Marozi - Page 1: Evidence
Of A New Species | 2:
Theories | 3:
Examination Of The Specimens |
4: Cryptozoological Artwork
A natural big cat hybrid?:
Much debate surrounds the elusive African marozi. Also known as the 'spotted lion', it is often considered to have been a naturally-occurring hybridisation between the lion and the leopard.
The pelage consisted of the usual tawny ground colour found on the lion skin, but was liberally covered with spots such as those on the leopard.
Previously an animal of myth and rumour a small amount of evidence now exists to prove this big cat was a reality, even if we still don't know how it came about.
The start of the maroz storyi:
It was in 1931 that Kenyan farmer Michael Trent shot two sub-adult lions in Kenya's Aberdare Mountains. They were mounted for trophy display and came to the attention of the Nairobi Game Department due to the unusual spotting across their coats.
Lions are spotted as cubs and this is a normal part of their camouflage, however the two trophy lions were well past an age when they should have lost their juvenile pelage.
Kenneth Dower was the first person to make a concentrated effort to locate this mysterious animal. His expeditions were to turn up only circumstantial evidence.
In total three sets of tracks (spoor) were found and these were assumed to belong to marozi, largely due to their being located at high altitude. The spotted lions shot by Michael Trent had been at a high elevation (10,000 feet) and these new animals were also at a similar height.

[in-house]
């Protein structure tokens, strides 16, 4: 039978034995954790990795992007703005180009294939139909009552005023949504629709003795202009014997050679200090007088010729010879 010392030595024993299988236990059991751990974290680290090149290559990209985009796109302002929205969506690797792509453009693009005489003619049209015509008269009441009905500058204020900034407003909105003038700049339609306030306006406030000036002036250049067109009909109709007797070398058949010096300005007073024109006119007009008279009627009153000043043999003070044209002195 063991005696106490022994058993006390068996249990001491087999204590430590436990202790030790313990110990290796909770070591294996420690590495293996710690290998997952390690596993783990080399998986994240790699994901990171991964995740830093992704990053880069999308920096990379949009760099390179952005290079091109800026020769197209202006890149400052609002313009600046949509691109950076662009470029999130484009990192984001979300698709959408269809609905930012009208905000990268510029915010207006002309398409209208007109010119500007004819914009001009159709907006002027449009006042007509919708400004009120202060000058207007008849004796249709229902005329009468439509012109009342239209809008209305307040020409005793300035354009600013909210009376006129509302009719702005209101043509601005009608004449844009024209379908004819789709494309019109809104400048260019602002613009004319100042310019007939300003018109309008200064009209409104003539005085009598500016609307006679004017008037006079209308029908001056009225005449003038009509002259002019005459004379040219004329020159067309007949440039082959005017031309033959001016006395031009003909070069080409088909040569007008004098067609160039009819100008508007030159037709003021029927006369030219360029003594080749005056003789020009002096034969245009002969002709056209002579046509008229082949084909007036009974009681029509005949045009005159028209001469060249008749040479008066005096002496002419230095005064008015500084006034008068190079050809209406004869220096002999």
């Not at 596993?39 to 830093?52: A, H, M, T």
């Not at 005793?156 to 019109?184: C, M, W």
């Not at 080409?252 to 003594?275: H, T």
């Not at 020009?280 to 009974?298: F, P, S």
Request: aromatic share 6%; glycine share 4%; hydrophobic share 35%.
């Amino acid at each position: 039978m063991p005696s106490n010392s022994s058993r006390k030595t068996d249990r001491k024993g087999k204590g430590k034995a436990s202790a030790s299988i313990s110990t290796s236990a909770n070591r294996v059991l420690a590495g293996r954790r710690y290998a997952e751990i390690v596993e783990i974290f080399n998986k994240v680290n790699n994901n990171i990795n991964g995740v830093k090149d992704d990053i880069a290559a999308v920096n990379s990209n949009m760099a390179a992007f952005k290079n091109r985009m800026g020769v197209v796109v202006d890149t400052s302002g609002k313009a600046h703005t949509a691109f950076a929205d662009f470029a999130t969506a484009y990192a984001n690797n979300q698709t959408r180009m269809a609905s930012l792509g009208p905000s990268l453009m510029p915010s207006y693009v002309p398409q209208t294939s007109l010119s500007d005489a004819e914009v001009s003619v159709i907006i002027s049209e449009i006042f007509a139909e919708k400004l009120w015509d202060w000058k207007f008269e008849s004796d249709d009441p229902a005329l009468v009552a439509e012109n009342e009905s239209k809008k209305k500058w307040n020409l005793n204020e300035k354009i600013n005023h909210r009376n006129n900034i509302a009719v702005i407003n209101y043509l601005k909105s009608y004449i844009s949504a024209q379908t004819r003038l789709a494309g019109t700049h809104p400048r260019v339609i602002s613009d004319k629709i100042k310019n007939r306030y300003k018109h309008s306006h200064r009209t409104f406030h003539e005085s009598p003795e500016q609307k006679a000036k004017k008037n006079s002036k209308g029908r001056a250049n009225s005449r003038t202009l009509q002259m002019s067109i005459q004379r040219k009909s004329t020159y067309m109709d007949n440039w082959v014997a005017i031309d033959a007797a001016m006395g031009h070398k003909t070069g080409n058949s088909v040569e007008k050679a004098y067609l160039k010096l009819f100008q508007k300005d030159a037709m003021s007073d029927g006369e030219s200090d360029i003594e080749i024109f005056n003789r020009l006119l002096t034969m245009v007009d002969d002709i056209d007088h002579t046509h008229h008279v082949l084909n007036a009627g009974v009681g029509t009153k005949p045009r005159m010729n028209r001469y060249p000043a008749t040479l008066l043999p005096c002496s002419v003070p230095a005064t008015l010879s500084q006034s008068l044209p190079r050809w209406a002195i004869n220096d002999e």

Spoor Finding #1:
This involved a pair of cats and the conclusion reached was that they were probably male and female.
The male tracks were larger than those of a leopard, while being smaller than a lion. They appeared to be following a herd of buffalo, so cubs were ruled out, it being suspected these were adults hunting.
Spoor Finding #2:
Not long after this another track was found at an elevation of 12,500 feet. Again, the height drew an assumption that the tracks belonged to the mysterious spotted animal.
During another expedition Dower concluded the group had missed a sighting of the marozi by only 24 hours.
Perhaps most significantly, it was established that the natives both recognised, and had a name for, this animal. They called it the 'marozi'. There was no confusion among natives between the high altitude spotted lions and their plains cousins. The native name for the latter was the 'simba'.
It was subsequently discovered the spotted lion was identified by a variety of names in other mountainous areas:
Though no real proof of for the existence of the marozi was found, the expedition was singularly responsible for bringing the mysterious specimens to international attention.
Dower's search bought to light other reports of people who had also seen or heard rumour of the marozi. A suspected pair had been sighted along the Kinangop Plateau; they were at an elevation of 11,500 feet. An attempt was made to shoot one of the cats, but they escaped.
Another four animals were sighted by a game warden in 1931. These marozi were again at 10,000 feet and in the Aberdare Mountain area.
Around the same time a big cat was killed in a trap and this too is thought to have been a marozi.
All in all there were plenty of sightings, particularly by native peoples, but the mystery remained:
What was the cat?
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